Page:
The filesystem as stored on disk doesn't store file permissions, but the filesystem driver has to provide them to the operating system since they are an integral part of the Unix filesystem concept and the system call interfaces have no way of presenting that the permissions are missing.
Also consider what would happen if a file didn't have any permission bits at all? Would it be the same as
0777, i.e. access to all; or the same as
0000, i.e. no access to anyone? But both of those are file permissions, so why not show them? Or do something more useful and have a way to set some sensible permissions.
So, the driver fakes some permissions, same ones for all files. The permissions along with the files' owner and group are configurable at mount time. These are described under "Mount options for fat" in the mount(8) man page:
Mount options for fat
(Note: fat is not a separate filesystem, but a common part of the msdos, umsdos and vfat filesystems.)
Set the owner and group of all files. (Default: the UID and GID of the current process.)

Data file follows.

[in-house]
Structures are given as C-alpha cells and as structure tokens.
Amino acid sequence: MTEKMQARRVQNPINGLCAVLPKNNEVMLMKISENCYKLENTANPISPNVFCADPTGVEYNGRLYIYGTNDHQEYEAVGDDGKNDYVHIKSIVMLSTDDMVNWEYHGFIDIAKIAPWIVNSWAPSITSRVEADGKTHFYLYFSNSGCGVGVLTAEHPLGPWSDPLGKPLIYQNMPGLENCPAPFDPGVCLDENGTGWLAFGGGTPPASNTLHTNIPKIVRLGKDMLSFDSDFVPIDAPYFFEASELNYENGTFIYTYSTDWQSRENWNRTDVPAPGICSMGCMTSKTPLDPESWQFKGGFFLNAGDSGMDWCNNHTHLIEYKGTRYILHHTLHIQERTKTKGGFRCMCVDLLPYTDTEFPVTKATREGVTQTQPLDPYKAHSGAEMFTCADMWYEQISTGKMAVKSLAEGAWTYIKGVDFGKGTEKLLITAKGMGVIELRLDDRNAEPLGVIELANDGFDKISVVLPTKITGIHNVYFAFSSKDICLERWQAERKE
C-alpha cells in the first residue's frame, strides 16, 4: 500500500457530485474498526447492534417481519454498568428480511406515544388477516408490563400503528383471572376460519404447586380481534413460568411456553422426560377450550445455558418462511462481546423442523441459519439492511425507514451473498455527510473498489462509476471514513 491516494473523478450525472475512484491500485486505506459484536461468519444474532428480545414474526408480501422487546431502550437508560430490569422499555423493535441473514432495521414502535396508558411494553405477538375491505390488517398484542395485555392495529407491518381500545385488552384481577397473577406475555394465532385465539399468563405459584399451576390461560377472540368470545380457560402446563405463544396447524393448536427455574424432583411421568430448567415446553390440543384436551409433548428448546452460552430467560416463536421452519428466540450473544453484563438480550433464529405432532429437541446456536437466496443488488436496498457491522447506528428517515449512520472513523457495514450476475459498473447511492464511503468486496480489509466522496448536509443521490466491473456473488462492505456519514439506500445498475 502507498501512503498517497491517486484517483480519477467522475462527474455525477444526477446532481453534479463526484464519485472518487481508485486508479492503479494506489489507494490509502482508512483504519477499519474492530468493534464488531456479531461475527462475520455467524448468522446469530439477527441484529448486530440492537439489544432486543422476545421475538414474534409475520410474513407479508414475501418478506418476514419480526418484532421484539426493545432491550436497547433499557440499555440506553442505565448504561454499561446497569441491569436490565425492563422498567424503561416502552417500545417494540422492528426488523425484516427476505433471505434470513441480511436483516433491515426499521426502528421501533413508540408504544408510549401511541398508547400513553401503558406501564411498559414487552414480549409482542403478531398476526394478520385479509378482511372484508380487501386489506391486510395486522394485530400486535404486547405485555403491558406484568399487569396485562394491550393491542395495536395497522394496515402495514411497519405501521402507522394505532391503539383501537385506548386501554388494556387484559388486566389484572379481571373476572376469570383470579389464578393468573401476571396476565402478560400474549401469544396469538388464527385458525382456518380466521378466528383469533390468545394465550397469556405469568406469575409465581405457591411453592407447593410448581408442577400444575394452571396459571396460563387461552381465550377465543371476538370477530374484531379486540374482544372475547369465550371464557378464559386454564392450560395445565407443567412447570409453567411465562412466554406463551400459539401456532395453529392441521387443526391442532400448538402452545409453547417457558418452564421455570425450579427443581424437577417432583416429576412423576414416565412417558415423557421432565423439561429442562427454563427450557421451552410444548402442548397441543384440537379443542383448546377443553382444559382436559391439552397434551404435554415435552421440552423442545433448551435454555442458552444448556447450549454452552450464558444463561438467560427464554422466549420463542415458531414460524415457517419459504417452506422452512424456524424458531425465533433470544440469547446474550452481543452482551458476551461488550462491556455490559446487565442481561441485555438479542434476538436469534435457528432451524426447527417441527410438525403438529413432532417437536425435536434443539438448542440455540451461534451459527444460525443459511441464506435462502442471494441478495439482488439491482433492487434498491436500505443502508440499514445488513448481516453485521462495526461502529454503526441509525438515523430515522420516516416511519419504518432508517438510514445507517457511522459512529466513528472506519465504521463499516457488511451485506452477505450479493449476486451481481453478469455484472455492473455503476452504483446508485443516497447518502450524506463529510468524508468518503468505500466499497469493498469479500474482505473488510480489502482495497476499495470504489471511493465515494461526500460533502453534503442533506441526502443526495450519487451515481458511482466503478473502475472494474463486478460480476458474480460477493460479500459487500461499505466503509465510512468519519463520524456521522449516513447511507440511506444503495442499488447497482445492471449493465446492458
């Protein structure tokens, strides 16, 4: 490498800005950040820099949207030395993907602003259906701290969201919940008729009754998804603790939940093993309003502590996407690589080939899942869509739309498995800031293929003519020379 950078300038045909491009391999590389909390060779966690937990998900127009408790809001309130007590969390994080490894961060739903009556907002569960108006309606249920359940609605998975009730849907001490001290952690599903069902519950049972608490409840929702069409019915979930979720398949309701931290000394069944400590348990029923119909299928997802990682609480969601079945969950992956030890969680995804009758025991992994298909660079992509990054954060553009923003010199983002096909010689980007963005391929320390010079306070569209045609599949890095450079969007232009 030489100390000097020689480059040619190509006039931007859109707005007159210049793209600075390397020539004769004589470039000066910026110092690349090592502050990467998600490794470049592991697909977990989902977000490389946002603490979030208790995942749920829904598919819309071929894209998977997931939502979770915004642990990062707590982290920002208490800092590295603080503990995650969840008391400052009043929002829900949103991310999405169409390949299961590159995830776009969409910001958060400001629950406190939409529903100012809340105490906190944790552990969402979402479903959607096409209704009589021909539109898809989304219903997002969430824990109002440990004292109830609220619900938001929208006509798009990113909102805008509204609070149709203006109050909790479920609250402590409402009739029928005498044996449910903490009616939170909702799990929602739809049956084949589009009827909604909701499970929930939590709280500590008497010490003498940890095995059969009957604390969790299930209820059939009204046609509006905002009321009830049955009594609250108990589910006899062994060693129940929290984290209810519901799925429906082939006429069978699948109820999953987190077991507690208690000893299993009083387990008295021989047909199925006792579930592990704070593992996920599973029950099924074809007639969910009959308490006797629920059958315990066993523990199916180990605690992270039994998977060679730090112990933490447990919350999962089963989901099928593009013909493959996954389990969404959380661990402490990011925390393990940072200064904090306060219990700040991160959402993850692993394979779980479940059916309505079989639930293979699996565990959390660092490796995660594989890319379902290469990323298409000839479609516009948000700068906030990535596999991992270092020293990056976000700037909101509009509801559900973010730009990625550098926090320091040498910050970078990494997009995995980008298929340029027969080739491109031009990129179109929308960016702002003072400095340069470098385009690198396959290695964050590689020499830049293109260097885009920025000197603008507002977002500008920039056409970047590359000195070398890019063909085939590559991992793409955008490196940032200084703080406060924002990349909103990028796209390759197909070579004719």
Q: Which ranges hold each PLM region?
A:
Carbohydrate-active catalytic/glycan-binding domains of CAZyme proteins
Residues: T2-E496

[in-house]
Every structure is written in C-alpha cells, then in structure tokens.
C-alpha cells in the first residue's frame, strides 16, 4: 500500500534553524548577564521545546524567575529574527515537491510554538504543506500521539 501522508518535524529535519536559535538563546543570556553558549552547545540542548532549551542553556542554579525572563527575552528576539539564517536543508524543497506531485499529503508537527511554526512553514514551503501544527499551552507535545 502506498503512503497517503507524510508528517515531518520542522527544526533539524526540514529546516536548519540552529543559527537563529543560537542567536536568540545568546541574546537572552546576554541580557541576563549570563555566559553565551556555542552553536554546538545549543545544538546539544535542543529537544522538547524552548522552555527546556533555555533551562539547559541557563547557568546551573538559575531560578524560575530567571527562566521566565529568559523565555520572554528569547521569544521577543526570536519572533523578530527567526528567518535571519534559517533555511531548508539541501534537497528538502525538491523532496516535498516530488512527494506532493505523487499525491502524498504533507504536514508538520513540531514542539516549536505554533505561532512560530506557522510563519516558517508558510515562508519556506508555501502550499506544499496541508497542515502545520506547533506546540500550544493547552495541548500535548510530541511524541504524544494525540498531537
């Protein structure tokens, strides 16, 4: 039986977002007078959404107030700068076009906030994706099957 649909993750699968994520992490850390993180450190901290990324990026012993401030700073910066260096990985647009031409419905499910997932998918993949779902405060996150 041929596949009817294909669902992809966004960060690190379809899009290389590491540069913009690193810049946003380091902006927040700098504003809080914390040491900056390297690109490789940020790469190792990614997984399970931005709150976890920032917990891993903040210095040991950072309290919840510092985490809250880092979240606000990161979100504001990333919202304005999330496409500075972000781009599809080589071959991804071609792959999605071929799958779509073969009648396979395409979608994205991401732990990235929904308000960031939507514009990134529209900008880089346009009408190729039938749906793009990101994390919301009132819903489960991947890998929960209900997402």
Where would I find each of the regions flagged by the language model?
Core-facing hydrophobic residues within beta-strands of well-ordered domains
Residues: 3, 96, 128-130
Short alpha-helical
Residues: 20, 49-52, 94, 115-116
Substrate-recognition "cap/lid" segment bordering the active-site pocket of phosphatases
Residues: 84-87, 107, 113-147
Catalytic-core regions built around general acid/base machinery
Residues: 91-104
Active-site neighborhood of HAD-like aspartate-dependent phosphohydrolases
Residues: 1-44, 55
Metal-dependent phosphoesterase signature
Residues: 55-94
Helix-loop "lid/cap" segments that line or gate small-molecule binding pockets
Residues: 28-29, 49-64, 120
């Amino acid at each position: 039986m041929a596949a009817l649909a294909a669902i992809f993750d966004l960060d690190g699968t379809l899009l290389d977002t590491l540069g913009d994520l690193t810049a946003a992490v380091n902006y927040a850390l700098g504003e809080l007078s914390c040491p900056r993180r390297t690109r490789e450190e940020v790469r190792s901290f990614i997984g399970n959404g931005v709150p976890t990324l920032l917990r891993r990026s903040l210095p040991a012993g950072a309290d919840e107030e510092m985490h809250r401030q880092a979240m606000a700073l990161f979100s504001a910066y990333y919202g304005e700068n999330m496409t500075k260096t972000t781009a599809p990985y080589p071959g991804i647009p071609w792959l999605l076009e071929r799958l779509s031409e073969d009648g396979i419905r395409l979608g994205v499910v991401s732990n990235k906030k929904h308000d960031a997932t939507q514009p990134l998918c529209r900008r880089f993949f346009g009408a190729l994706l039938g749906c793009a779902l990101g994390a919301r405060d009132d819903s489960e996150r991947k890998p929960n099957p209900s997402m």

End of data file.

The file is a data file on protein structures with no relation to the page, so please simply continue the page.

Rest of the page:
Set the umask (the bitmask of the permissions that are not present). The default is the umask of the current process. The value
is given in octal.
Set the umask applied to directories only. The default is the umask of the current process. The value is given in octal.
Set the umask applied to regular files only. The default is the umask of the current process. The value is given in octal.
Note that the permissions are presented as masks, so the final permissions are the negation of the mask.
fmask=0133 would result in all files having permissions
Also, the defaults are inherited from the process calling
mount(), so if you call
mount from the command line, the shell's
umask will apply.